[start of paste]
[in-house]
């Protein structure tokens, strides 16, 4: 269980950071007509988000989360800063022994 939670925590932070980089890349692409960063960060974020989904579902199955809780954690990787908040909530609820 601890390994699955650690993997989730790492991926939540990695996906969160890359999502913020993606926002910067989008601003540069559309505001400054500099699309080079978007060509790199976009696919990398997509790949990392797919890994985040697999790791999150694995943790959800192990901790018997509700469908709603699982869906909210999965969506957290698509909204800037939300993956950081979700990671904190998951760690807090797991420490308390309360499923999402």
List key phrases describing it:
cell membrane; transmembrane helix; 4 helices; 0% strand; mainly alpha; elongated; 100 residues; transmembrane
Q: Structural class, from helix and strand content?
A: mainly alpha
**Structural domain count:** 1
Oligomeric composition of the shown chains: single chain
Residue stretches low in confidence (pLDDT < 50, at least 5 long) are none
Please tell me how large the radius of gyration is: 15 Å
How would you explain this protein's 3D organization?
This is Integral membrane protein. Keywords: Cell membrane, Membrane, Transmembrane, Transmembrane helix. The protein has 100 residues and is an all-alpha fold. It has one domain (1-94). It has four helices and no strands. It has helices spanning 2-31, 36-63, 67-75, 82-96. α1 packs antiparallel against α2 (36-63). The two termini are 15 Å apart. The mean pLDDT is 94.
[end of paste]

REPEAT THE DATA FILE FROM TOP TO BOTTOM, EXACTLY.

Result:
[in-house]
């Protein structure tokens, strides 16, 4: 269980950071007509988000989360800063022994 939670925590932070980089890349692409960063960060974020989904579902199955809780954690990787908040909530609820 601890390994699955650690993997989730790492991926939540990695996906969160890359999502913020993606926002910067989008601003540069559309505001400054500099699309080079978007060509790199976009696919990398997509790949990392797919890994985040697999790791999150694995943790959800192990901790018997509700469908709603699982869906909210999965969506957290698509909204800037939300993956950081979700990671904190998951760690807090797991420490308390309360499923999402």
List key phrases describing it:
cell membrane; transmembrane helix; 4 helices; 0% strand; mainly alpha; elongated; 100 residues; transmembrane
Q: Structural class, from helix and strand content?
A: mainly alpha
**Structural domain count:** 1
Oligomeric composition of the shown chains: single chain
Residue stretches low in confidence (pLDDT < 50, at least 5 long) are none
Please tell me how large the radius of gyration is: 15 Å
How would you explain this protein's 3D organization?
This is Integral membrane protein. Keywords: Cell membrane, Membrane, Transmembrane, Transmembrane helix. The protein has 100 residues and is an all-alpha fold. It has one domain (1-94). It has four helices and no strands. It has helices spanning 2-31, 36-63, 67-75, 82-96. α1 packs antiparallel against α2 (36-63). The two termini are 15 Å apart. The mean pLDDT is 94.